NASA Human Exploration Rover Challenge will witness the participation of five students from an engineering college in Telangana. The students from the SR Engineering College, Warangal, will take part in the fifth annual challenge.
The NASA Human Exploration Rover Challenge will be held on April 12-14, 2018, in Huntsville, Alabama, US.
Total four teams from India have been short-listed for the challenge, while students belonging to as many as 23 countries are competing in the challenge. All they need to do is create a buggey designed to traverse the simulated lunar surface.
The team, led by faculty Manoj Chaudhary, will create a moon buggy design and will be required to submit their idea. The team includes P Paul Vineeth, Prakash Raineni, P Sravan Rao, Rondla Dilipreddy Aand Venishetty Sneha, said a statement.
SR Engineering College Secretary A.Madhukar Reddy congratulated the students and said it was a great opportunity to build, design and test technologies that allow rovers to perform in a variety of environments, ET reported.
First held in 1994, 25 years after the first manned Apollo landing on the moon, the NASA Human Exploration Rover Challenge began as the NASA Great Moonbuggy Race.
The focus of the challenge is now on NASA's current plans to explore planets, moons, asteroids and comets.
During the 20-year period, the Great Moonbuggy Race involved over 10,000 students. It also revealed that these budding scientists and engineers were capable of complex work.
Gravity governs the movements of the cosmos. It can even bring galaxies so close that they begin to tug at one another, causing them to abandon their former identities and merge to form a single accumulation of gas, dust and stars. In this Hubble Space Telescope image is one such interaction where a galaxy called IC 1727 is currently interacting with its near neighbor galaxy, NGC 672 (which is just out of frame). The pair’s interactions have triggered peculiar and intriguing phenomena within both objects — most noticeably in IC 1727. The galaxy’s structure is visibly twisted and asymmetric, and its bright nucleus has been dragged off-center. In interacting galaxies such as these, astronomers often see signs of intense star formation (in episodic flurries known as starbursts) and spot newly-formed star clusters. They are thought to be caused by gravity churning, redistributing and compacting the gas and dust. In fact, astronomers have analyzed the star formation within IC 1727 and NGC 672 and discovered something interesting — observations show that simultaneous bursts of star formation occurred in both galaxies some 20 to 30 and 450 to 750 million years ago. The most likely explanation for this is that the galaxies are indeed an interacting pair, approaching each other every so often and swirling up gas and dust as they pass close by. Image Credit: NASA/ESA #nasa #space #science #astronomy #hubble #telescope #galaxy #stars #pictureoftheday #picoftheday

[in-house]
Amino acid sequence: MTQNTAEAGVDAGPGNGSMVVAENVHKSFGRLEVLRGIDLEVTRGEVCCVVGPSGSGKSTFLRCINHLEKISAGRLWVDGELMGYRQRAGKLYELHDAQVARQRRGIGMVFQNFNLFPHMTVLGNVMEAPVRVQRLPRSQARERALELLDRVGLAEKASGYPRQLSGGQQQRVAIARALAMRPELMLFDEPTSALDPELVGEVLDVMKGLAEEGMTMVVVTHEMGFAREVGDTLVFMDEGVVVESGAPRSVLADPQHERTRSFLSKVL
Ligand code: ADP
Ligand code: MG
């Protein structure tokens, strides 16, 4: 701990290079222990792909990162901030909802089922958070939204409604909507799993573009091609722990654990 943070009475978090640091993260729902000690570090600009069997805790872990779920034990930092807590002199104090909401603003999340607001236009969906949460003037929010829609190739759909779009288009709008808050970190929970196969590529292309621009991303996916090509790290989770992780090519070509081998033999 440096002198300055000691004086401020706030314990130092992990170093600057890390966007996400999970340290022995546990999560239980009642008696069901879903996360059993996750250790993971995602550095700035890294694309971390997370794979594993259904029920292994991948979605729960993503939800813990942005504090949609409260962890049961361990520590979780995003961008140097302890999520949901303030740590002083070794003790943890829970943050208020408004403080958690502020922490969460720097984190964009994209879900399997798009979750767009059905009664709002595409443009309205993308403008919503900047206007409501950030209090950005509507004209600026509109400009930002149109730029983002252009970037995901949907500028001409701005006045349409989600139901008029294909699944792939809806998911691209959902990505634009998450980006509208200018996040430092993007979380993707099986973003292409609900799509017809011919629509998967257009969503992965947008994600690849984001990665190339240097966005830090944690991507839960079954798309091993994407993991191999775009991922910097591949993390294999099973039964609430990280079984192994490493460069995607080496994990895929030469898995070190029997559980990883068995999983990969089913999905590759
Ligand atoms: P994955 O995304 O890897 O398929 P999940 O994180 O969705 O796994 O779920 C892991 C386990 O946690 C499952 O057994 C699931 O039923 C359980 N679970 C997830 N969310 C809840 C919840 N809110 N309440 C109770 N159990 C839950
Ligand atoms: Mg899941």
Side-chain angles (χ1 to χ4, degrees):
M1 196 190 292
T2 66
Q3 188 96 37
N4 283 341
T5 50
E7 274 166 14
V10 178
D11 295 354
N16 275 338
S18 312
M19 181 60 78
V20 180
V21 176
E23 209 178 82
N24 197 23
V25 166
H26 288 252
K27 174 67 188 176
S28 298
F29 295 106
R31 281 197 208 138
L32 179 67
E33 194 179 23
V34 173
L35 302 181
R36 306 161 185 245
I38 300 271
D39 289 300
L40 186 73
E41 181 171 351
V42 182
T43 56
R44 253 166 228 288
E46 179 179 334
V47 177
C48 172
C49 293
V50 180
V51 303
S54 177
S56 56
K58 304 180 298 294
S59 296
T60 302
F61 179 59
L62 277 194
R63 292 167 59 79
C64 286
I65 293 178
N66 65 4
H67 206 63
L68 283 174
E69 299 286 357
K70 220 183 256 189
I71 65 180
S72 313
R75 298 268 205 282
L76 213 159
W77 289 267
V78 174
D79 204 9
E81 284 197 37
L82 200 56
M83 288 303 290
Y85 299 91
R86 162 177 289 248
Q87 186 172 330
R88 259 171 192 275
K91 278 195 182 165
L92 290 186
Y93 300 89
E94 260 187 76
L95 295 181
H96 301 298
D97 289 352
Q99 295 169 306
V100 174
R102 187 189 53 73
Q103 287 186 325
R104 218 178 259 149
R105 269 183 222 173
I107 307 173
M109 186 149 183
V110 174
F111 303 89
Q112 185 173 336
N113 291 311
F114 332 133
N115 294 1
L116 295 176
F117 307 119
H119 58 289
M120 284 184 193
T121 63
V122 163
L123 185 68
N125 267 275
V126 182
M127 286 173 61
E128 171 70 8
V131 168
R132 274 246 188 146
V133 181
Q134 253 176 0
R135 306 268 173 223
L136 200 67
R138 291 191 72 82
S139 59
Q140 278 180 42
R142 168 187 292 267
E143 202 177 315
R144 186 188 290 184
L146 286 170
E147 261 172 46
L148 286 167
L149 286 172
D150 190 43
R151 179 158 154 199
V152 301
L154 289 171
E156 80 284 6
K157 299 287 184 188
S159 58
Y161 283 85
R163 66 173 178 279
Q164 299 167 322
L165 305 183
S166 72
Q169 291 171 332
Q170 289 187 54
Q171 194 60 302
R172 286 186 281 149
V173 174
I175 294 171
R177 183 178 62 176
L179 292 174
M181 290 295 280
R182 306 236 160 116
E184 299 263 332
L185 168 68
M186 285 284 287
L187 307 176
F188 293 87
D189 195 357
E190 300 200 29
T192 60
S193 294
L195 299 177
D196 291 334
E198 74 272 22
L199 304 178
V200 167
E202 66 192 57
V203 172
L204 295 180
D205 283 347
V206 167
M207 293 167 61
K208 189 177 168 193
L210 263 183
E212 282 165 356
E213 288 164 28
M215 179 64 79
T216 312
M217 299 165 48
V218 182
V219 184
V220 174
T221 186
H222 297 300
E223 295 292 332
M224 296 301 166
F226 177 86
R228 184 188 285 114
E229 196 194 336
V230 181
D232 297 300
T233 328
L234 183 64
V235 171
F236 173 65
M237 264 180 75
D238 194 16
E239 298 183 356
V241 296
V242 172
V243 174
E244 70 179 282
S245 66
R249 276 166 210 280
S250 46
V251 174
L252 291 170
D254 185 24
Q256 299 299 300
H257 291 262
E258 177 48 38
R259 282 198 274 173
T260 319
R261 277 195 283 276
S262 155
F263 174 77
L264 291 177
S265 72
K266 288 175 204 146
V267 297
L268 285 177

This is a dwarf spiral galaxy named NGC 5949. Thanks to its proximity to Earth — it sits at a distance of around 44 million light-years from us, placing it within the Milky Way’s cosmic neighborhood — NGC 5949 is a perfect target for astronomers to study dwarf galaxies. With a mass of about a hundredth that of the Milky Way, NGC 5949 is a relatively bulky example of a dwarf galaxy. Its classification as a dwarf is due to its relatively small number of constituent stars, but the galaxy’s loosely-bound spiral arms also place it in the category of barred spirals. This structure is just visible in this Hubble Space Telescope image, which shows the galaxy as a bright yet ill-defined pinwheel. Despite its small proportions, NGC 5949’s proximity has meant that its light can be picked up by fairly small telescopes, something that facilitated its discovery by the astronomer William Herschel in 1801. Credit: ESA/NASA #nasa #space #science #astronomy #hubble #telescope #galaxy #stars #pictureoftheday #picoftheday